Coronavirus

Long COVID numbers ‘much lower’ than first predicted, ONS research shows

A new Office for National Statistics (ONS) study has found that the number of people suffering with Long COVID is not as high as first feared.

Latest figures have revealed that one in 40 people will experience lasting coronavirus symptoms, significantly lower than the ‘one in 10 ONS prediction’ that was made in April.

Various findings have been circulating due to Long COVID being a new and unknown condition.

Researchers from the ONS randomly examined more than 500,000 participants, 50% of who were infected with COVID-19.

Each participant filled in surveys about their current symptoms. Fatigue, a high temperature, muscle pain, a continuous cough and changes to taste and smell are among the Long COVID symptoms listed by the ONS. Unlike other Long COVID studies, this ONS list did not include ‘brain fog’ as a symptom.

They found that three percent of the participants who have previously had COVID-19 experienced some symptoms for more than three months after being initially infected.

Whereas, less than one percent of the participants who tested negative had Long COVID symptoms.

Additionally, the findings disclose that Long COVID is more common in people with lifelong health conditions and females aged between 50 and 60.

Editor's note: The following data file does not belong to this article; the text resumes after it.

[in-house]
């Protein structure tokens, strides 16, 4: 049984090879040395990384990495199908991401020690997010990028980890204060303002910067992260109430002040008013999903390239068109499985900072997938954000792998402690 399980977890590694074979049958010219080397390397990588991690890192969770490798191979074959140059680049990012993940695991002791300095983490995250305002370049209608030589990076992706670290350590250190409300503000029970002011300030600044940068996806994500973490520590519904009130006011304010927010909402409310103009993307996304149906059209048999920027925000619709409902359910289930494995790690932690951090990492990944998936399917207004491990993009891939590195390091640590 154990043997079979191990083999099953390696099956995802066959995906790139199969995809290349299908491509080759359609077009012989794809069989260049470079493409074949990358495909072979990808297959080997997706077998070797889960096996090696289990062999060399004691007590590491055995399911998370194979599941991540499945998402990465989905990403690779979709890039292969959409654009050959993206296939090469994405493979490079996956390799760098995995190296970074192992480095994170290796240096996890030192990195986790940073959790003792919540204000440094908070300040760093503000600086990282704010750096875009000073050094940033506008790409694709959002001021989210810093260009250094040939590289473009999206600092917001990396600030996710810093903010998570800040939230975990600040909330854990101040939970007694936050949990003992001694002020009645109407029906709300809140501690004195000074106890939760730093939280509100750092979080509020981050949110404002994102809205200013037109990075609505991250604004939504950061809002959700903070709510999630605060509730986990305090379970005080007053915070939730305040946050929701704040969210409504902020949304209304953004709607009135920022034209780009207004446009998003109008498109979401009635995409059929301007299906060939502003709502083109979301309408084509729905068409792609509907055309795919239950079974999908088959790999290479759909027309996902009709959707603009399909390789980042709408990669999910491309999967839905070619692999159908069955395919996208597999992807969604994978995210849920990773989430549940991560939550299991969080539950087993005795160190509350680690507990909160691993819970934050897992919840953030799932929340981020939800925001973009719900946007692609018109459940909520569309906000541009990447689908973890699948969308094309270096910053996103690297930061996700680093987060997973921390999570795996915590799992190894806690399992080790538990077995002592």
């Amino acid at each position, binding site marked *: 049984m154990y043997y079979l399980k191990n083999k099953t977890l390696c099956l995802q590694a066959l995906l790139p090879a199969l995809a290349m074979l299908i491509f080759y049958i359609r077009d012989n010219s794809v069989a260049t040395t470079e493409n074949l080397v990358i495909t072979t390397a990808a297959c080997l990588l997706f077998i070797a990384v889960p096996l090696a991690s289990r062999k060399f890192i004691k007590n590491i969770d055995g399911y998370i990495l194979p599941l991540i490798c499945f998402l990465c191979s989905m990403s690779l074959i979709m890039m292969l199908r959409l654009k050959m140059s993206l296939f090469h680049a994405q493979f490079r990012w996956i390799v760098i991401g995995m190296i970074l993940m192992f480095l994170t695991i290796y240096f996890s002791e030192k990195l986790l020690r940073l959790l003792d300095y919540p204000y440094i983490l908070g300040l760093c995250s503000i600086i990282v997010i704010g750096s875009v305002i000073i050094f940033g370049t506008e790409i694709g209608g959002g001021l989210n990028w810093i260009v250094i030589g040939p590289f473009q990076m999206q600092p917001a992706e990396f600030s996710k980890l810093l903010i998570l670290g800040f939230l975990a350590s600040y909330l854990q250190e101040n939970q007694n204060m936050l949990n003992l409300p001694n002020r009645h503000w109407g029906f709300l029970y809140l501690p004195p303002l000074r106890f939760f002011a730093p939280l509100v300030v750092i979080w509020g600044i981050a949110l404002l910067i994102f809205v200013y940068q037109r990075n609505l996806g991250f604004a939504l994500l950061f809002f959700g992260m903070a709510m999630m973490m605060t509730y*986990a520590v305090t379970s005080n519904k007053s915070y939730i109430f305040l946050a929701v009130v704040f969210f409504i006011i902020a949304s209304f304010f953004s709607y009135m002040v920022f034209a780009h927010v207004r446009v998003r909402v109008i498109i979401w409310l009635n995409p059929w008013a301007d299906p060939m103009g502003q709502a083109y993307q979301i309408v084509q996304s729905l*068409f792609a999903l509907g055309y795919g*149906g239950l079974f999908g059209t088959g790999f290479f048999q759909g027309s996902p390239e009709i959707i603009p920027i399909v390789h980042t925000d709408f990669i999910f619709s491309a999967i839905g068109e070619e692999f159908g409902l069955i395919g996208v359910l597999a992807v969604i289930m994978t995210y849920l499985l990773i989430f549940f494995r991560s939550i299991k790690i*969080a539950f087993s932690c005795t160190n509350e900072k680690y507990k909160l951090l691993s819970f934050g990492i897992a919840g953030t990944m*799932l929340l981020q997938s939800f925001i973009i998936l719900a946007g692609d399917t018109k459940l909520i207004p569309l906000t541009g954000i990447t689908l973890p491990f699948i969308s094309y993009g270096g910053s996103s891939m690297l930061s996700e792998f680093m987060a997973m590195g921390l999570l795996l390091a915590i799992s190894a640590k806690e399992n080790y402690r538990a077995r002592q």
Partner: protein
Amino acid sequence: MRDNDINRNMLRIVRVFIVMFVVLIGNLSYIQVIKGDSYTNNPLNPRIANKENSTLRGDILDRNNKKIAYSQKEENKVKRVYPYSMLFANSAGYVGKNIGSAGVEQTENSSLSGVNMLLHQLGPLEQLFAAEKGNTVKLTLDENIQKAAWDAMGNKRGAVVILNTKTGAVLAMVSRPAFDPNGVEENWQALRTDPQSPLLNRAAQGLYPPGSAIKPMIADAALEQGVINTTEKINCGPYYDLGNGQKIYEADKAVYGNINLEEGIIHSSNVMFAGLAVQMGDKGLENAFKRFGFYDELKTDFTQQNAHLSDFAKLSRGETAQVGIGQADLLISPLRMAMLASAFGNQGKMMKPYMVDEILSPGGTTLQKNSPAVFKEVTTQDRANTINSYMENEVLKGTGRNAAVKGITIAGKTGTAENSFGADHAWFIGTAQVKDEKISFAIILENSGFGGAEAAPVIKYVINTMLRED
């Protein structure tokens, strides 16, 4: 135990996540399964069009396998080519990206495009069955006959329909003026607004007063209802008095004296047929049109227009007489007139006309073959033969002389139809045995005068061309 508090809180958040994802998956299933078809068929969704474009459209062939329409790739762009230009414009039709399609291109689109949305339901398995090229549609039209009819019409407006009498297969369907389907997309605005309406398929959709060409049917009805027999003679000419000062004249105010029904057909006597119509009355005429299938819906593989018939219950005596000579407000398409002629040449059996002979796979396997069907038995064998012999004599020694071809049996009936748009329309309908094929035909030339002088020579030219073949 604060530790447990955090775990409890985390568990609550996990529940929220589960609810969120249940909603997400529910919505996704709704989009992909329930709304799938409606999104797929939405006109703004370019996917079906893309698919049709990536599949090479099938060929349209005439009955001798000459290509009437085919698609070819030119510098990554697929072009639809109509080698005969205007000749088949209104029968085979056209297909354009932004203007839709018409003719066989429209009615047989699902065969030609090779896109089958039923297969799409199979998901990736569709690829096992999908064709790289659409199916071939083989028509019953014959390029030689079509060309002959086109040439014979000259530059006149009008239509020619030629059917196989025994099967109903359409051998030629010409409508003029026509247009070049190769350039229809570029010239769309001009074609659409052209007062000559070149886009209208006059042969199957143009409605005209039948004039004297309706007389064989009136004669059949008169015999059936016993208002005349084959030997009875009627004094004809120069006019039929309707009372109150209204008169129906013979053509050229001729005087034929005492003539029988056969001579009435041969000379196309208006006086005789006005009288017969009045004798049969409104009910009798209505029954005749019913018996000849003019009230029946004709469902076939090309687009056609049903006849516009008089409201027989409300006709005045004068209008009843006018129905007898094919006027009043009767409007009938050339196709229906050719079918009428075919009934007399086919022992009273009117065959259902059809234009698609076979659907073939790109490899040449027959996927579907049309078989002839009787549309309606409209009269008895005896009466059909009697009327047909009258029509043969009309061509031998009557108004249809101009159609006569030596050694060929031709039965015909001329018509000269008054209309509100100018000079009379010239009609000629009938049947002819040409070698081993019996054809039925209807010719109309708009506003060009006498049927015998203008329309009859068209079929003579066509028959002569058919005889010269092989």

Individuals who had a high amount of virus in their system when first being infected are also more prone to experience lasting COVID symptoms, the study reports.

The ONS report stated: “Our estimates are closer to the truth than the higher estimates we gave in April, because we have long-term follow-up on a lot of people and they’ve improved their statistical analysis.”

Emeritus Professor of Statistics at the Open University, Profess Kevin McConway said: “It does not concern me that, at this stage in the pandemic, numerical estimates about something as new and complicated as Long COVID differ quite a lot.

“What is important is that those involved should discuss openly what needs to be done to clarify the position”

He added: “The need to do that should not hold up the establishment and improvement of services to help people with the condition.”

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